• South Korea’s vice-foreign minister said he was told by two named senior Chinese officials that they believed Korea should be reunified under Seoul’s control, and that this view was gaining ground with the leadership in Beijing…
In highly sensitive discussions in February this year, the-then South Korean vice-foreign minister, Chun Yung-woo, told a US ambassador, Kathleen Stephens, that younger generation Chinese Communist party leaders no longer regarded North Korea as a useful or reliable ally and would not risk renewed armed conflict on the peninsula, according to a secret cable to Washington…
and (b) the Ayrab world is desperate for the US to invade Iran
Iran obtained 19 of the missiles from North Korea, according to a cable dated Feb. 24 of this year. The cable is a detailed, highly classified account of a meeting between top Russian officials and an American delegation led by Vann H. Van Diepen, an official with the State Department’s nonproliferation division who, as a national intelligence officer several years ago, played a crucial role in the 2007 assessment of Iran’s nuclear capacity.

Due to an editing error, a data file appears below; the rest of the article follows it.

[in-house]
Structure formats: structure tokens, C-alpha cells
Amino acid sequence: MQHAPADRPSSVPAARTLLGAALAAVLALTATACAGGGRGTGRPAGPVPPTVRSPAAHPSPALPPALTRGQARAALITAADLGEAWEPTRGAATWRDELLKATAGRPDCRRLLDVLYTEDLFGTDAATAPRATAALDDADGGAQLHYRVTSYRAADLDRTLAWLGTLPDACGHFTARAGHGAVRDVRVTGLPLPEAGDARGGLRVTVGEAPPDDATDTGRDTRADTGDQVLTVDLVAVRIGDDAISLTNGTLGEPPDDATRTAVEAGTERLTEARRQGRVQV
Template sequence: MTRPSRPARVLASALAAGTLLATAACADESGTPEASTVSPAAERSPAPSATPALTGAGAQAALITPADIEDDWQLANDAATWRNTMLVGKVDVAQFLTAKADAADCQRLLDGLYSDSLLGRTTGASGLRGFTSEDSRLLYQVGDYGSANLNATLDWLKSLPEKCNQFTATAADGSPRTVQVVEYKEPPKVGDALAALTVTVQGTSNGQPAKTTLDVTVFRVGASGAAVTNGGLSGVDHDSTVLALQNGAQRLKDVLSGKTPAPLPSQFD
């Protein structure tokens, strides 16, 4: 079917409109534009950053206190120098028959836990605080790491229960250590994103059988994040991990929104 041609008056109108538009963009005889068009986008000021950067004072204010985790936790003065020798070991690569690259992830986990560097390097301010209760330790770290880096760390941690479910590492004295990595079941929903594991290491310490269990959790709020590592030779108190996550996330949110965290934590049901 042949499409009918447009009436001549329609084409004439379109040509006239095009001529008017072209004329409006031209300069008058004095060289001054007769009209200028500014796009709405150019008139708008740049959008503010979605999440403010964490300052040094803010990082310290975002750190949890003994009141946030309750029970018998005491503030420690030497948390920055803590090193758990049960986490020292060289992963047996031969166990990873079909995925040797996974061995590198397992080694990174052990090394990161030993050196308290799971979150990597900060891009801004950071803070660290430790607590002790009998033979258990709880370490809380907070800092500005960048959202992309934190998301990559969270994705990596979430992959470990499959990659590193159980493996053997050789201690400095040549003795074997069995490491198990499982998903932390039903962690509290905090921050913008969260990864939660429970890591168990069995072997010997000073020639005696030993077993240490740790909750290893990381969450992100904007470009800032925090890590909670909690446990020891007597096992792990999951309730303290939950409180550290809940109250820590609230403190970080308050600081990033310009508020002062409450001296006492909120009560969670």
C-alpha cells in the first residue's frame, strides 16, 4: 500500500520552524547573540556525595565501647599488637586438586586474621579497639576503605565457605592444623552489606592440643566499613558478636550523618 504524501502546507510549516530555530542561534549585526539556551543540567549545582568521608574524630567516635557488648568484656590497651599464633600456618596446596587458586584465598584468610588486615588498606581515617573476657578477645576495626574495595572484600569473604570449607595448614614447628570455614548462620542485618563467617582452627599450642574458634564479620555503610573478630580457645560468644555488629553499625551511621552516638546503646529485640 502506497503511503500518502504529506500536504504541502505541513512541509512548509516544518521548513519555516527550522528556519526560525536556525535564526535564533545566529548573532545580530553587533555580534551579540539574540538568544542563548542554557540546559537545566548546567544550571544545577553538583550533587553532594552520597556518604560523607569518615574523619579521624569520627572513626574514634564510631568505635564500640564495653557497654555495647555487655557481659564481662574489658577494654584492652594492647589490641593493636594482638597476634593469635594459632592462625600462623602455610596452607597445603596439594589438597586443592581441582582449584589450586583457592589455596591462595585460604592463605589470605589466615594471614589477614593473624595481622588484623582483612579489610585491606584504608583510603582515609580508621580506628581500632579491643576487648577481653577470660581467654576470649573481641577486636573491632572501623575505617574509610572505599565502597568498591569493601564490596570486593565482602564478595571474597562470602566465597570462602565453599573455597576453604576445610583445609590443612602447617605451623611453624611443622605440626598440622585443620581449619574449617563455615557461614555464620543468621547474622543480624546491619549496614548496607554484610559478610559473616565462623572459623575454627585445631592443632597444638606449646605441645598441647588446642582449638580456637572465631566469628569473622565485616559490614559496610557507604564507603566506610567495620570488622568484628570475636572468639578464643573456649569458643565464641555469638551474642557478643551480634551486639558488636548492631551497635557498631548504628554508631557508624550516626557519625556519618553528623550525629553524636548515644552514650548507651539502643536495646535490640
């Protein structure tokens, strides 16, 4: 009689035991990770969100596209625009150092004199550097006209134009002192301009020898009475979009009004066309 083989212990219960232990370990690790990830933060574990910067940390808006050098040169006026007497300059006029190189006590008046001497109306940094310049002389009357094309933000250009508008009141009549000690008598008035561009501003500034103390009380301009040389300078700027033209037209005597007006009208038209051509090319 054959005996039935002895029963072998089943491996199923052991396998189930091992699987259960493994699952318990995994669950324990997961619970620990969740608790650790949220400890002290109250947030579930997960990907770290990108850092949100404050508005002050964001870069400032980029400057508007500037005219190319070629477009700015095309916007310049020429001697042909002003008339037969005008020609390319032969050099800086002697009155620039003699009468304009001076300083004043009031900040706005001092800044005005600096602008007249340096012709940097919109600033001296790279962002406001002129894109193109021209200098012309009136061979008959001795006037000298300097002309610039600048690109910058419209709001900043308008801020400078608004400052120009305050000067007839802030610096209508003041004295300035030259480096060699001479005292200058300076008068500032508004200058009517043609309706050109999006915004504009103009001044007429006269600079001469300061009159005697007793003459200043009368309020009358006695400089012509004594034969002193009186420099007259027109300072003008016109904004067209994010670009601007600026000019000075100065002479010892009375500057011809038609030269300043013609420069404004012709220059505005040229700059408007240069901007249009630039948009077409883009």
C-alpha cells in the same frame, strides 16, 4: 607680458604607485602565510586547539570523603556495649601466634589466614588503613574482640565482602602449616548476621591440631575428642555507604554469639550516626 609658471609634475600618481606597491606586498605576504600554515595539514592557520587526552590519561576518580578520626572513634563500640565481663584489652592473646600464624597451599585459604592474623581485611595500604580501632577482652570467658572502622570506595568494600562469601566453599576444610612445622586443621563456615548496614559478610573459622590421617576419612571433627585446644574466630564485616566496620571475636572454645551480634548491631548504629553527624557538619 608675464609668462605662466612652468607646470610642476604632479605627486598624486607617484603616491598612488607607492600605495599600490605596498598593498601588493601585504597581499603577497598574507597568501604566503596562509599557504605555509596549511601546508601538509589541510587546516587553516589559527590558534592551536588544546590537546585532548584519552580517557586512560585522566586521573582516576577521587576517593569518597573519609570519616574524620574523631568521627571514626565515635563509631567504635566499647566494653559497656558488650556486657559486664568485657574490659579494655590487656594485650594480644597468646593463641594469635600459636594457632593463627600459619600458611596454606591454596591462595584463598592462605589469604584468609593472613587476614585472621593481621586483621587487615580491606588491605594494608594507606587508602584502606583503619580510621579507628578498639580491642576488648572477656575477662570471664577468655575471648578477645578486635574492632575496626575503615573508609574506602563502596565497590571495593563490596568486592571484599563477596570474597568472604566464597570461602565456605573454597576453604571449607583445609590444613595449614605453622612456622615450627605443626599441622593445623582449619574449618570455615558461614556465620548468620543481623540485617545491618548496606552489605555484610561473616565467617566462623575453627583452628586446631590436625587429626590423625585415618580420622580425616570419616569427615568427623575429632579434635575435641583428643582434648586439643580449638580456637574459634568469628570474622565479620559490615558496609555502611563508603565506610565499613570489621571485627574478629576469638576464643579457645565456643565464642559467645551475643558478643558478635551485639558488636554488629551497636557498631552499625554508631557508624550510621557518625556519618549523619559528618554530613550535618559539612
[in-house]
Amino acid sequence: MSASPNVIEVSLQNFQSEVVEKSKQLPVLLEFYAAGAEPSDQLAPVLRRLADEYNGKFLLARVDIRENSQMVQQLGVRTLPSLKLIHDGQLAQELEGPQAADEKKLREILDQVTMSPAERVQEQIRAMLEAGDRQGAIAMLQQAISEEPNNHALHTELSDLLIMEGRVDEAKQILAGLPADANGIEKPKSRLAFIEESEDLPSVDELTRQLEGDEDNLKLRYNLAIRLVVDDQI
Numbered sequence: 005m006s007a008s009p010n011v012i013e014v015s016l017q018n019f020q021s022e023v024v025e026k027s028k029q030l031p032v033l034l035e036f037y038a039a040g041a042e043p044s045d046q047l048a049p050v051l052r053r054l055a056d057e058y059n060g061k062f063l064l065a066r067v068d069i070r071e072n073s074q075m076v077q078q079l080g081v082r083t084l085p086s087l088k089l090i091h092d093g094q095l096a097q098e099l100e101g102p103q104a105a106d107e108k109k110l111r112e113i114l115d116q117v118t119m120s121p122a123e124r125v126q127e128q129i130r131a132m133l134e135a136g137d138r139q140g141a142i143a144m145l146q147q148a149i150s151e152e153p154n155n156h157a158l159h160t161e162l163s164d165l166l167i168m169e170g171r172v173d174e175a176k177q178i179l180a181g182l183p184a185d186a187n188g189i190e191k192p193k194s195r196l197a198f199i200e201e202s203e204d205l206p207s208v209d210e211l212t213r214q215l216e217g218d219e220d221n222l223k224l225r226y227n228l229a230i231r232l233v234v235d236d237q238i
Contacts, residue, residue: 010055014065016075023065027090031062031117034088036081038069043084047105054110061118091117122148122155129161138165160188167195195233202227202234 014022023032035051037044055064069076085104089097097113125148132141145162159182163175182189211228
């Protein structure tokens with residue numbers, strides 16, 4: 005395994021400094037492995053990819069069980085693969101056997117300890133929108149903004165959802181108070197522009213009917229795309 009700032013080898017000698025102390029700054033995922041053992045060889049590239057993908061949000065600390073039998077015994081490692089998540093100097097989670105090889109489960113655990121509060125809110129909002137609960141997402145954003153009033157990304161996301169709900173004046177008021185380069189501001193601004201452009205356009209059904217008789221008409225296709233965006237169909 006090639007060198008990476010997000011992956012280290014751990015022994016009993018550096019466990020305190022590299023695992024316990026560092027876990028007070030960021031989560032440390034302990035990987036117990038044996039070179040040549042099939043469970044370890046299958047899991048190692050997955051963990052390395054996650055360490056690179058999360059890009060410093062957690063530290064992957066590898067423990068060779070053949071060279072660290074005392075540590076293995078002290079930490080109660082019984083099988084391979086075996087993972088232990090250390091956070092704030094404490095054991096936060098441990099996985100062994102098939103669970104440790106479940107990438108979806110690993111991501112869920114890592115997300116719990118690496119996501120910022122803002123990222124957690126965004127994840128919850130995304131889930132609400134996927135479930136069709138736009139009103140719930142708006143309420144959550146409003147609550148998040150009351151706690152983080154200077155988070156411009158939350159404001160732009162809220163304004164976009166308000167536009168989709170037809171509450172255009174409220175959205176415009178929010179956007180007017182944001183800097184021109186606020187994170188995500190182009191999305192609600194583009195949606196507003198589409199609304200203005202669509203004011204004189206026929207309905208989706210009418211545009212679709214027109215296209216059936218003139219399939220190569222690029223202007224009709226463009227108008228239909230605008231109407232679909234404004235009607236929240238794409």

The missiles could for the first time give Iran the capacity to strike at capitals in Western Europe or easily reach Moscow, and American officials warned that their advanced propulsion could speed Iran’s development of intercontinental ballistic missiles.
and (c) Israel is urging caution and advising against military action against Iran.
Summary: Israel urges international pressure on Tehran but worries US may move towards a less tough EU position. Israel is aware that it will be harder to destroy Iranian nuclear sites than it was Iraq’s reactor in 1981. Expects Iran to hit back at coalition forces in Iraq and the Gulf and launch terrorist attacks
Makes you wonder just who the hell all these unnamed 'senior sources' are who provide the media with the bullshit that passes for news and informed commentary.
Sounds to me like the New York Times rings up the Guardian who just phoned the BBC who just heard from the tea lady at the London School of Economics who overheard someone talking about their latest Middle East computer models.